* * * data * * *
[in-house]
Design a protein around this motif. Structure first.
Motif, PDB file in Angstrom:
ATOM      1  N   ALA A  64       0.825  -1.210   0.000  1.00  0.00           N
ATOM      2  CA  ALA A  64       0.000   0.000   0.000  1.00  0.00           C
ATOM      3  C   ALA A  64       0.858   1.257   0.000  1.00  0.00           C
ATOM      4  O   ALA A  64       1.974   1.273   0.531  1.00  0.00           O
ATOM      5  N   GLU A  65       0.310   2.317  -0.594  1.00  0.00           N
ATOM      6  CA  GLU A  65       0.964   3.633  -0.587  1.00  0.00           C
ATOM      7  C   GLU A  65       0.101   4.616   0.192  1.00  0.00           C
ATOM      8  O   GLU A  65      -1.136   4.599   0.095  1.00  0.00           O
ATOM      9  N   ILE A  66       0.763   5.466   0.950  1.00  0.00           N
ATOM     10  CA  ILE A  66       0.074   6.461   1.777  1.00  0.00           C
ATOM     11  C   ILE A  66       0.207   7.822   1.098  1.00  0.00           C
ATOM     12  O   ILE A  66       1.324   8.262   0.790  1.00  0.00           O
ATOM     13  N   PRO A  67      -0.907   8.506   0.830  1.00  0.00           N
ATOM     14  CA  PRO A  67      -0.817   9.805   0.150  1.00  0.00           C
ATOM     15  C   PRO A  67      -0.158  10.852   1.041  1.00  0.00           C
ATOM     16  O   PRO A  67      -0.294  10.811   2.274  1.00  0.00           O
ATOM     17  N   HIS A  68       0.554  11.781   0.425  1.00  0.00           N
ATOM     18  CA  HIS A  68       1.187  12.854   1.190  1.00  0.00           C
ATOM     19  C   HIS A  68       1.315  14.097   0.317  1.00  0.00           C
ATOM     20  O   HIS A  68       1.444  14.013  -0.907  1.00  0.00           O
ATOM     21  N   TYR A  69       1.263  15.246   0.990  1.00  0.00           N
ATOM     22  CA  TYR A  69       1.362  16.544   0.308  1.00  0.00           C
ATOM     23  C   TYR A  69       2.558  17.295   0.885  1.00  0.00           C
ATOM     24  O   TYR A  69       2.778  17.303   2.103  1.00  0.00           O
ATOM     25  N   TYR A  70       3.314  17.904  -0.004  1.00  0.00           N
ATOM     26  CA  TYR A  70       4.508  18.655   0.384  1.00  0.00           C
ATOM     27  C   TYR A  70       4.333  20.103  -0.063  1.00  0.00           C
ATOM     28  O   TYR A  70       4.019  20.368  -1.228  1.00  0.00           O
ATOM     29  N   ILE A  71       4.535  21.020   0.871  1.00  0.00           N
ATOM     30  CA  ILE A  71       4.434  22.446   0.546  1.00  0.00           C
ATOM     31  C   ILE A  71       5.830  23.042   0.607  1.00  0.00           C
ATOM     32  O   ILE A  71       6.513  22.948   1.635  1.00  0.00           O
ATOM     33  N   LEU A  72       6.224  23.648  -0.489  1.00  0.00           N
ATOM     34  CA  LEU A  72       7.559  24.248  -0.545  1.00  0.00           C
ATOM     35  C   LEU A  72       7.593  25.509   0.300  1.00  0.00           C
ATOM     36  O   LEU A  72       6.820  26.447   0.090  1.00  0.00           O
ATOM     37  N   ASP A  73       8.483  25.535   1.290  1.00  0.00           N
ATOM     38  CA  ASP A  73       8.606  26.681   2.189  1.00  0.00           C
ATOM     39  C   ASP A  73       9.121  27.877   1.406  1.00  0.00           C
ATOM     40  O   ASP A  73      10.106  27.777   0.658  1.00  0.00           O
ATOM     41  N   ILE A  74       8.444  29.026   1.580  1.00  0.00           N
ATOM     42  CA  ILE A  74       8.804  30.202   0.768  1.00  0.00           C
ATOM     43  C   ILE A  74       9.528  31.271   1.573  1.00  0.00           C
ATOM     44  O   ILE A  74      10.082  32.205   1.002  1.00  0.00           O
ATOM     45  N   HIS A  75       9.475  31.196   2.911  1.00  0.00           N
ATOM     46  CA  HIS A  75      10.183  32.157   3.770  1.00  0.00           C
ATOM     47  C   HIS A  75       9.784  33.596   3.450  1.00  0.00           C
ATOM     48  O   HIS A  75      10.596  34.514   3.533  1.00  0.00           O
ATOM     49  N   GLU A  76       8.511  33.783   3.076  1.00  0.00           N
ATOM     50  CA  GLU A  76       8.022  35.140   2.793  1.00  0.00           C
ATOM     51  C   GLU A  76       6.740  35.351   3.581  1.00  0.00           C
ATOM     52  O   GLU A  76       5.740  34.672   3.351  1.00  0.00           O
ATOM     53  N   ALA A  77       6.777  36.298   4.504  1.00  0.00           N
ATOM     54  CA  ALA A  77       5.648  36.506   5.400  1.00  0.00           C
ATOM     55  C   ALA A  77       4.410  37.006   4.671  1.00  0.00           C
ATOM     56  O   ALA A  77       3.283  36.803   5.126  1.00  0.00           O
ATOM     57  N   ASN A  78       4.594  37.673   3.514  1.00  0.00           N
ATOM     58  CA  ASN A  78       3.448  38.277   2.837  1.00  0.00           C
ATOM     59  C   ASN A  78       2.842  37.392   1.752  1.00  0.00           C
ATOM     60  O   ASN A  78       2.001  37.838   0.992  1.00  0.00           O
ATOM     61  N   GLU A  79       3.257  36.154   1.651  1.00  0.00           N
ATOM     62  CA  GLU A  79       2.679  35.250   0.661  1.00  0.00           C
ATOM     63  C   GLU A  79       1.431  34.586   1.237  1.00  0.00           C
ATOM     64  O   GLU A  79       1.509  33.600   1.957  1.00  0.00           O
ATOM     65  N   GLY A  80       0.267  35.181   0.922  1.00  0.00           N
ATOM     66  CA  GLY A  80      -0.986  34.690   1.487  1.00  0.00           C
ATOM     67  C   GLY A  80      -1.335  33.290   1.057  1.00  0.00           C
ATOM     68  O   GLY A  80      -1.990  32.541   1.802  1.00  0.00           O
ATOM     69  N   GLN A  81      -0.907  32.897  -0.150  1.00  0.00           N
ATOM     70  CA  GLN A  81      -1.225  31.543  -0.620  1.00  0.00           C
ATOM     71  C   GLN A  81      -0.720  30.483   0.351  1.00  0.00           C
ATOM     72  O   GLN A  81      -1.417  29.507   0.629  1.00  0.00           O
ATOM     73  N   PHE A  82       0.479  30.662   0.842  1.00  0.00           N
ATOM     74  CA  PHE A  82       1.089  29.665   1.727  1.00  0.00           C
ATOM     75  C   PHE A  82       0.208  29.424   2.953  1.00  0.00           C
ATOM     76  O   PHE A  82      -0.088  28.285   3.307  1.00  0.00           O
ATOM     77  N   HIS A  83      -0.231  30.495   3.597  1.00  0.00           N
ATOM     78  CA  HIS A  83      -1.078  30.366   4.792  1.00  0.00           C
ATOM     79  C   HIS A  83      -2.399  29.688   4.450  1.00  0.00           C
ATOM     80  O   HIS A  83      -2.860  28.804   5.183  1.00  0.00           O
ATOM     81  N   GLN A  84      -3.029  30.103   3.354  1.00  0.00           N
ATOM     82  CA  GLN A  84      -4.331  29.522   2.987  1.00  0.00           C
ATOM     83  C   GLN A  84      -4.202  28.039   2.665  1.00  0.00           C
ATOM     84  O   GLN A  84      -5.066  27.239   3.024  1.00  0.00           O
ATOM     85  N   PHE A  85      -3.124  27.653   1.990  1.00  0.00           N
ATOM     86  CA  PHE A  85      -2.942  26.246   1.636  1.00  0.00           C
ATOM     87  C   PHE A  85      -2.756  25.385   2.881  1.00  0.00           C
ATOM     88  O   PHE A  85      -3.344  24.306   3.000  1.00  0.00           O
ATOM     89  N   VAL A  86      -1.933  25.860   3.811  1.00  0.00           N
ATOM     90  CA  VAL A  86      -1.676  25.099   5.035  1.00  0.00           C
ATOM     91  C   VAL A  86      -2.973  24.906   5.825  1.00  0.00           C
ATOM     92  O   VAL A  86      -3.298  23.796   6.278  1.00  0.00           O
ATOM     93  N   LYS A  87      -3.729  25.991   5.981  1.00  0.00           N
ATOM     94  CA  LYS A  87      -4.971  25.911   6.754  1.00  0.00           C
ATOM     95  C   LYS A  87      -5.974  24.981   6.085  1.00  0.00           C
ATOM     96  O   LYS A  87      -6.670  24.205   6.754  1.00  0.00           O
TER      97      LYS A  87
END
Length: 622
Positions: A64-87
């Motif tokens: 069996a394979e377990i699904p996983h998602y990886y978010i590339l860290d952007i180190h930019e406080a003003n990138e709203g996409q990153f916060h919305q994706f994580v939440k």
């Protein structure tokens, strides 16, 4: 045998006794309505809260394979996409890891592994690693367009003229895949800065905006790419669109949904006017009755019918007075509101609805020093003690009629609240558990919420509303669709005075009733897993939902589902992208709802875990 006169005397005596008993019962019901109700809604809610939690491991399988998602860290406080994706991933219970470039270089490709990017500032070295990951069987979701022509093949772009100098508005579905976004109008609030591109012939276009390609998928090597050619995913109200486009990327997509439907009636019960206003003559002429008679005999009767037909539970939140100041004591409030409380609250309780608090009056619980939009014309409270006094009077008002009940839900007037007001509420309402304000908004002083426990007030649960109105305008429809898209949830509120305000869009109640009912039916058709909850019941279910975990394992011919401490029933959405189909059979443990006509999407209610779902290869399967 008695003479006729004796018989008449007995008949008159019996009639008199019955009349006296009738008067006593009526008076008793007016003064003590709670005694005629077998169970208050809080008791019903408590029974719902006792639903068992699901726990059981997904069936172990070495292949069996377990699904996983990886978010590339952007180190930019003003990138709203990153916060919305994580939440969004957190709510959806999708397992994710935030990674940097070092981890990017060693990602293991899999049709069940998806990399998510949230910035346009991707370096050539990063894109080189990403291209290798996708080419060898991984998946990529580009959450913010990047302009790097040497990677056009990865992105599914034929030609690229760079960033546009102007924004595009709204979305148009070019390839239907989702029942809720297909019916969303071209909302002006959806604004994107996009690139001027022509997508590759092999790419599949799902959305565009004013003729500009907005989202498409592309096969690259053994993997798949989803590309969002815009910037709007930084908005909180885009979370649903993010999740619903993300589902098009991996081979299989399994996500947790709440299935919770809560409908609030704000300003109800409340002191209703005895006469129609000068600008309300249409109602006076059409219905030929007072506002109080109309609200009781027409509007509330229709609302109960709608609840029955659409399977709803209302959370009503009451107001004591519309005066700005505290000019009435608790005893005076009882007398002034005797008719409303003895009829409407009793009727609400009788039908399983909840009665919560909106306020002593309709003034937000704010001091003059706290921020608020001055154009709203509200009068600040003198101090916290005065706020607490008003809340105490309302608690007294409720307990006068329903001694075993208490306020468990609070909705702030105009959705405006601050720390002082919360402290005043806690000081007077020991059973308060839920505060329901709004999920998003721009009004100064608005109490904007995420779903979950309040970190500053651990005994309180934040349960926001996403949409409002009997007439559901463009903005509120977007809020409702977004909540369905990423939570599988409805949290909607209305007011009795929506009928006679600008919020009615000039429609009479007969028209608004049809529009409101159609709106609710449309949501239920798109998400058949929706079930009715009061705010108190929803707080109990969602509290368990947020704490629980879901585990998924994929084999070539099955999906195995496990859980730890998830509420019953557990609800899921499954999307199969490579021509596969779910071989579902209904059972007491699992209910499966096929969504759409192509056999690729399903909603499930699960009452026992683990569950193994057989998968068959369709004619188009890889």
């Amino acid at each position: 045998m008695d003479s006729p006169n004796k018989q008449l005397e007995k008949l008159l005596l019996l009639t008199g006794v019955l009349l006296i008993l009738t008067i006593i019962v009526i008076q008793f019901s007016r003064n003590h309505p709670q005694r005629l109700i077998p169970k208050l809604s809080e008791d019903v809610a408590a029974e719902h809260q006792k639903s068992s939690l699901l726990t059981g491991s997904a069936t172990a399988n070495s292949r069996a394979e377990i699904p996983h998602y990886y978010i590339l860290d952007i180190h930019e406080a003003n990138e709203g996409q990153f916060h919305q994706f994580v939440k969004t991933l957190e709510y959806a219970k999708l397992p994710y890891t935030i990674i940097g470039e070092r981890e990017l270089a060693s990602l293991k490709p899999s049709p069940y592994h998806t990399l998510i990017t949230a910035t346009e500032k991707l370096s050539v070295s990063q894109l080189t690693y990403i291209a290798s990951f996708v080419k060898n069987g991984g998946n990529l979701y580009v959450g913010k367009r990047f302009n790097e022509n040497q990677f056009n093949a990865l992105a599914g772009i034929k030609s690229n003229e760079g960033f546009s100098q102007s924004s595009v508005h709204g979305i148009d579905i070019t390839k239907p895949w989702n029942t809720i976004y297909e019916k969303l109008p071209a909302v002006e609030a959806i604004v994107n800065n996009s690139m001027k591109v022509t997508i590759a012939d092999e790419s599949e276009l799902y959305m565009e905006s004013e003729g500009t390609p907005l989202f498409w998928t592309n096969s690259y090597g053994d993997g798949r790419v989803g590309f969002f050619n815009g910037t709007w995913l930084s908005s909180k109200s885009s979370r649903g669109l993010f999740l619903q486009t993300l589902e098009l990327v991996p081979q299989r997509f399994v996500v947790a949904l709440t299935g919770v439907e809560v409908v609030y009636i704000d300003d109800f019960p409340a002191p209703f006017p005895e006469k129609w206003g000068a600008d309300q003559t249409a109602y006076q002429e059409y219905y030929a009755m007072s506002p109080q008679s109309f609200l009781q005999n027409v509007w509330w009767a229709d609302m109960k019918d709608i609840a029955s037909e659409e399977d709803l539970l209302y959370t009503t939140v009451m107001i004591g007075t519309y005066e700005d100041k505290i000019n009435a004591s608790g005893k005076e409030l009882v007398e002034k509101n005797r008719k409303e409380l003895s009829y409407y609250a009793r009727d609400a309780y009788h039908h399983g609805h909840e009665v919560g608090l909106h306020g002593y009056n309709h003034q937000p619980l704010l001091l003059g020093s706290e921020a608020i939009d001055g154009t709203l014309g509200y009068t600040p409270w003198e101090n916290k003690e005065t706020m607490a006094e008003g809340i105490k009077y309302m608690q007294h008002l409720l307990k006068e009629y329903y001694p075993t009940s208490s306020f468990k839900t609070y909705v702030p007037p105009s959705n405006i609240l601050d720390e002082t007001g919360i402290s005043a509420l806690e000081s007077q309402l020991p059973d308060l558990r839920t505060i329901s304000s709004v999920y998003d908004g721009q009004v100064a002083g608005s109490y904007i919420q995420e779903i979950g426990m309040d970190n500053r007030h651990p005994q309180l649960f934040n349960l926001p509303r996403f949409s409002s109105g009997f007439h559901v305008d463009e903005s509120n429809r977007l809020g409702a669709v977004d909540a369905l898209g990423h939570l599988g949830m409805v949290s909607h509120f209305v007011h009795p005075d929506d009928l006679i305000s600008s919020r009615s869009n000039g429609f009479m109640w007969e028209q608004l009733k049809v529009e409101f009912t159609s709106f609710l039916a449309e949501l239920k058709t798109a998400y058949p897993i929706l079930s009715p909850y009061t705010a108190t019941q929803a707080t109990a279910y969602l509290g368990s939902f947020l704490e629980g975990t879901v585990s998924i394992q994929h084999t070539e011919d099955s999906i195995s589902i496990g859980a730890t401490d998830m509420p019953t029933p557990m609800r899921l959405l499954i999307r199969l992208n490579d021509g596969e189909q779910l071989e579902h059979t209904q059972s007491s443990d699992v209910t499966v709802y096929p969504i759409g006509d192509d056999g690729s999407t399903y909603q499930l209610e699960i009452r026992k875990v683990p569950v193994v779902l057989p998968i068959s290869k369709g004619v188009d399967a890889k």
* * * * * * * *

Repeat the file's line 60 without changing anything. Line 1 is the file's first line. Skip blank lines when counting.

ATOM     57  N   ASN A  78       4.594  37.673   3.514  1.00  0.00           N